Yoshiro Saimi

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The molecular identification of ion channels in internal membranes has made scant progress compared with the study of plasma membrane ion channels. We investigated a prominent voltage-dependent, cation-selective, and calcium-activated vacuolar ion conductance of 320 pS (yeast vacuolar conductance, YVC1) in Saccharomyces cerevisiae. Here we report on a gene,(More)
A surprising variety of ion channels found in a wide range of species from Homo to Paramecium use calmodulin (CaM) as their constitutive or dissociable Ca(2+)-sensing subunits. The list includes voltage-gated Ca(2+) channels, various Ca(2+)- or ligand-gated channels, Trp family channels, and even the Ca(2+)-induced Ca(2+) release channels from organelles.(More)
Hyperpolarization of Paramecium tetraurelia under conditions where K+ currents are suppressed elicits an inward current that activates rapidly toward a peak at 25-80 ms and decays thereafter. This peak current (Ihyp) is not affected by removing Cl ions from the microelectrodes used to clamp membrane potential, or by changing extracellular Cl- concentration,(More)
Our previous patch-clamp studies showed that depolarization activates a K(+)-specific current in the plasma membrane of the budding yeast, Saccharomyces cerevisiae [Gustin et al. (1986) Science 233, 1195-1197]. The Yeast Genome Sequencing Project has now uncovered on the left arm of chromosome X an open reading frame (ORF) that predicts a 77-kDa protein(More)
The deep roots and wide branches of the K(+)-channel family are evident from genome surveys and laboratory experimentation. K(+)-channel genes are widespread and found in nearly all the free-living bacteria, archaea and eukarya. The conservation of basic structures and mechanisms such as the K(+) filter, the gate, and some of the gate's regulatory domains(More)
Hyperpolarization of voltage-clampedParamecium tetraurelia in K+ solutions elicits a complex of Ca2+ and K+ currents. The tail current that accompanies a return to holding potential (−40 mV) contains two K+ components. The tail current elicited by a step to −110 mV of ≥50-msec duration contains fast-decaying (τ≈3.5 msec) and slow-decaying (τ≈20 msec)(More)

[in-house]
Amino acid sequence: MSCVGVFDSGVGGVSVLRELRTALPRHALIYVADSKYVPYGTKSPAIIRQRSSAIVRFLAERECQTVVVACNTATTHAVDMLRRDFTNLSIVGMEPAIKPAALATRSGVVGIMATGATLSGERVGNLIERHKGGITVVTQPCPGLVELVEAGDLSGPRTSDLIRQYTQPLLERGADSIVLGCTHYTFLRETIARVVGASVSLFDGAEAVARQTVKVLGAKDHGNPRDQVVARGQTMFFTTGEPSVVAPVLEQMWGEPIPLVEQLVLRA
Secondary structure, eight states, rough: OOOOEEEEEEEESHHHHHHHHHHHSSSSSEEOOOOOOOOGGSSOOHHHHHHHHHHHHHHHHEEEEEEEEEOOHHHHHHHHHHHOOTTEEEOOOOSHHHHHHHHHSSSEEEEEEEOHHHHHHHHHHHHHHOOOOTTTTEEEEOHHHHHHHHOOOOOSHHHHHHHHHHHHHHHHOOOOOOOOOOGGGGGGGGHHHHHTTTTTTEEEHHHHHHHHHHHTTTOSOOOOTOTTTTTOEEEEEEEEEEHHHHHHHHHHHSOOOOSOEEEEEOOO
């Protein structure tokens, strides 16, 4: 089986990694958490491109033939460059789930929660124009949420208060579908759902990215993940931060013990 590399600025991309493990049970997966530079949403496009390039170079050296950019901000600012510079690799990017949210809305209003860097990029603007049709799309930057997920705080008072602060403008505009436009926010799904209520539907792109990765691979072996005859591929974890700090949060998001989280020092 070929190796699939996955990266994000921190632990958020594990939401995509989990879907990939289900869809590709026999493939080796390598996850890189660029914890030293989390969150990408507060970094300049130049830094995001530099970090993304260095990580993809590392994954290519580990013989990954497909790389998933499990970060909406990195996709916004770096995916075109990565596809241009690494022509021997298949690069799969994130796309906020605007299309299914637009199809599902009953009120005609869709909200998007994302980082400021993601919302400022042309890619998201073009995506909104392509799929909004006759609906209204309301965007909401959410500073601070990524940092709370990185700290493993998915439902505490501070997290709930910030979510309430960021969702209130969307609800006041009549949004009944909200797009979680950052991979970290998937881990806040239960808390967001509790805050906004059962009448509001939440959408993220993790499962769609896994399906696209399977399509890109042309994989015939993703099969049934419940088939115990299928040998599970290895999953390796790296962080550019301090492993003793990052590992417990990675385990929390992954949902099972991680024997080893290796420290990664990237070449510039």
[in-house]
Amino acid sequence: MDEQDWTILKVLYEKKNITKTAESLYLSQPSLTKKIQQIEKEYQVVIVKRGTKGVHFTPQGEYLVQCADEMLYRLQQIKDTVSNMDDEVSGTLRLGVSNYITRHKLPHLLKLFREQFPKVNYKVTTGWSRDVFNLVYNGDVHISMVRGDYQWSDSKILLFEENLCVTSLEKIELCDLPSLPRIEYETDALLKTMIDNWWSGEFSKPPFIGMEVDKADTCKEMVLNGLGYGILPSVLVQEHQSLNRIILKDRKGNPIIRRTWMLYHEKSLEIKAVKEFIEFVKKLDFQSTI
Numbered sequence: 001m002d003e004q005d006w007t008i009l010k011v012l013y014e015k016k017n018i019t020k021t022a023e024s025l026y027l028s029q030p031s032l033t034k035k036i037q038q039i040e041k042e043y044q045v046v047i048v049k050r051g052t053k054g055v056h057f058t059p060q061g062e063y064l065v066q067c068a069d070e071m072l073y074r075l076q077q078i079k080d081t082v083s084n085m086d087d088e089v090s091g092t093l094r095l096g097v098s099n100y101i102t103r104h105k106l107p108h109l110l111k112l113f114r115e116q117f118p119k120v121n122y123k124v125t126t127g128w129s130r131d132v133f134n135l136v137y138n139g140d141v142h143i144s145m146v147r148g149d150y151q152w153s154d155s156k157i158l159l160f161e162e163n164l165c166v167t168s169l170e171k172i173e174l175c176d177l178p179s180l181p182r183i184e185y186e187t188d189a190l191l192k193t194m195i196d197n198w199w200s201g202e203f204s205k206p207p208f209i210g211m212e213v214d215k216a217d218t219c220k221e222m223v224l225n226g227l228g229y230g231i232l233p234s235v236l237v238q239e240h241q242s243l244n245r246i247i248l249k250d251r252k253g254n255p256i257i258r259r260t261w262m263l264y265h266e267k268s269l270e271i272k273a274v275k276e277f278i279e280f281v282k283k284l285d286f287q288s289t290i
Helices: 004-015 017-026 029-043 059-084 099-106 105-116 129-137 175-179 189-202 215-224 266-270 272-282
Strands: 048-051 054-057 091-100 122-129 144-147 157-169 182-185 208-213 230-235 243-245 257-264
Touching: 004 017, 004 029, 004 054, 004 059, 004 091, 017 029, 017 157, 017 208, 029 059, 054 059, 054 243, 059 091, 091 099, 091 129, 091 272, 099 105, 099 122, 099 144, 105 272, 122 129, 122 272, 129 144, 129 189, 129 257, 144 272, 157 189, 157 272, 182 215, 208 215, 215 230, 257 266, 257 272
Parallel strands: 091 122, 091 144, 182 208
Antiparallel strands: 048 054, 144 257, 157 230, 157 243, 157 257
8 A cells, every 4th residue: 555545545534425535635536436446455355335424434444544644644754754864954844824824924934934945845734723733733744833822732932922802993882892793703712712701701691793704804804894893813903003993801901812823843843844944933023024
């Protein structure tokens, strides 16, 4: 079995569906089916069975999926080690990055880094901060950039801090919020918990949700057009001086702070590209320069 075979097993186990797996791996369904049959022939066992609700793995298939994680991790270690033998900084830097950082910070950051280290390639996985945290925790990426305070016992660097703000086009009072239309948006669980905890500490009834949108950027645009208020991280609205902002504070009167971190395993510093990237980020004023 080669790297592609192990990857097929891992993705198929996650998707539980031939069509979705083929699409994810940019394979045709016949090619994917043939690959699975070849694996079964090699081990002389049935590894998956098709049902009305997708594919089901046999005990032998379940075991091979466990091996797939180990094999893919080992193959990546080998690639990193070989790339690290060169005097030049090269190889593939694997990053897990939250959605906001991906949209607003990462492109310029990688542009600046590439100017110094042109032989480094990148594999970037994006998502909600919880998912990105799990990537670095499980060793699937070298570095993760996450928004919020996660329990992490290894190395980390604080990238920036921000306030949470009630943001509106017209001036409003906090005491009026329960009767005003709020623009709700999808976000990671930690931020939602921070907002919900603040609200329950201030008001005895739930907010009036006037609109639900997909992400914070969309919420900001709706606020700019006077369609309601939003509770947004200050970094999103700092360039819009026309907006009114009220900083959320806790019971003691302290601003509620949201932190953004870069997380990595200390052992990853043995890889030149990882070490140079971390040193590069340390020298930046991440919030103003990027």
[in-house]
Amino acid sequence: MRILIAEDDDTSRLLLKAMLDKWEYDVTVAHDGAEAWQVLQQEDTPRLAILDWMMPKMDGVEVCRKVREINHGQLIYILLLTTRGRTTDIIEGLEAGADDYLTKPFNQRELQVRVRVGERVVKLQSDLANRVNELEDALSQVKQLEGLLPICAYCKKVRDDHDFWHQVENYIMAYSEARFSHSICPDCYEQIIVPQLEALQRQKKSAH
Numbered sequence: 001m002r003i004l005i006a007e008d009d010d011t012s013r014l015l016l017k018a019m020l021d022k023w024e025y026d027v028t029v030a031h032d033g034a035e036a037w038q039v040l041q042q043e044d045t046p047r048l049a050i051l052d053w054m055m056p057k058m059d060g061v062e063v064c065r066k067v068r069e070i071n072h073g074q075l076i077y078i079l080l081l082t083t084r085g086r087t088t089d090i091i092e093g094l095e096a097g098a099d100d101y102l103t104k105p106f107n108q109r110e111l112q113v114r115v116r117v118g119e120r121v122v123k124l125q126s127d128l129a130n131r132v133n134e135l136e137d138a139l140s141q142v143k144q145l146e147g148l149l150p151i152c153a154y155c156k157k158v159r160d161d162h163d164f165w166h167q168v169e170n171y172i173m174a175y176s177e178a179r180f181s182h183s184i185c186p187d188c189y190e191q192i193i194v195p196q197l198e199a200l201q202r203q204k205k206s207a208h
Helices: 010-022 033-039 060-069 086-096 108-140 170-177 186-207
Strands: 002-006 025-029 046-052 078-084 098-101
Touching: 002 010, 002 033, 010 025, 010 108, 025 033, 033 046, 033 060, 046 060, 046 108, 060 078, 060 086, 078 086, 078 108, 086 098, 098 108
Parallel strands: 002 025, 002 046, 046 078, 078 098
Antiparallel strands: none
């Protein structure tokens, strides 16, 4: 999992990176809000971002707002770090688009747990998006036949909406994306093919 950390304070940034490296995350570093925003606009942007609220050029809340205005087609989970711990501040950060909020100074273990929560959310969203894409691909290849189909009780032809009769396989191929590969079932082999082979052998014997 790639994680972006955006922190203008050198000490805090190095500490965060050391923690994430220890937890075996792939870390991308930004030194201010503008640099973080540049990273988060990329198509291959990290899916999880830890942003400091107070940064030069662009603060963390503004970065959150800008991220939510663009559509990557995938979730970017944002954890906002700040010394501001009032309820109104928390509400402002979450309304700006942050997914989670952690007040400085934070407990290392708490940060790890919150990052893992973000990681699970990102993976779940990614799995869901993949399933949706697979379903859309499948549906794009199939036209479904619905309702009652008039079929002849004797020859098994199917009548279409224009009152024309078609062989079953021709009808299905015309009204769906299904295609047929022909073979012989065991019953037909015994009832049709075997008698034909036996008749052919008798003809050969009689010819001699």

Toward isolating channel proteins from Paramecium, we have explored the possibility of functionally reconstituting ion channels in an artificial system. Proteins from Paramecium cortex reconstituted with soybean azolectin retained several channels whose activities were readily registered under patch clamp. The most commonly encountered activities were(More)
YKC1 (TOK1, DUK1, YORK) encodes the outwardly rectifying K+ channel of the yeast plasma membrane. Non-targeted mutations of YKC1 were isolated by their ability to completely block proliferation when expressed in yeast. All such mutations examined occurred near the cytoplasmic ends of the transmembrane segments following either of the duplicated P loops,(More)
Studies of ion channels have for long been dominated by the animalcentric, if not anthropocentric, view of physiology. The structures and activities of ion channels had, however, evolved long before the appearance of complex multicellular organisms on earth. The diversity of ion channels existing in cellular membranes of prokaryotes is a good example.(More)
Whether animal ion channels functioning as mechanosensors are directly activated by stretch force or indirectly by ligands produced by the stretch is a crucial question. TRPV4, a key molecular model, can be activated by hypotonicity, but the mechanism of activation is unclear. One model has this channel being activated by a downstream product of(More)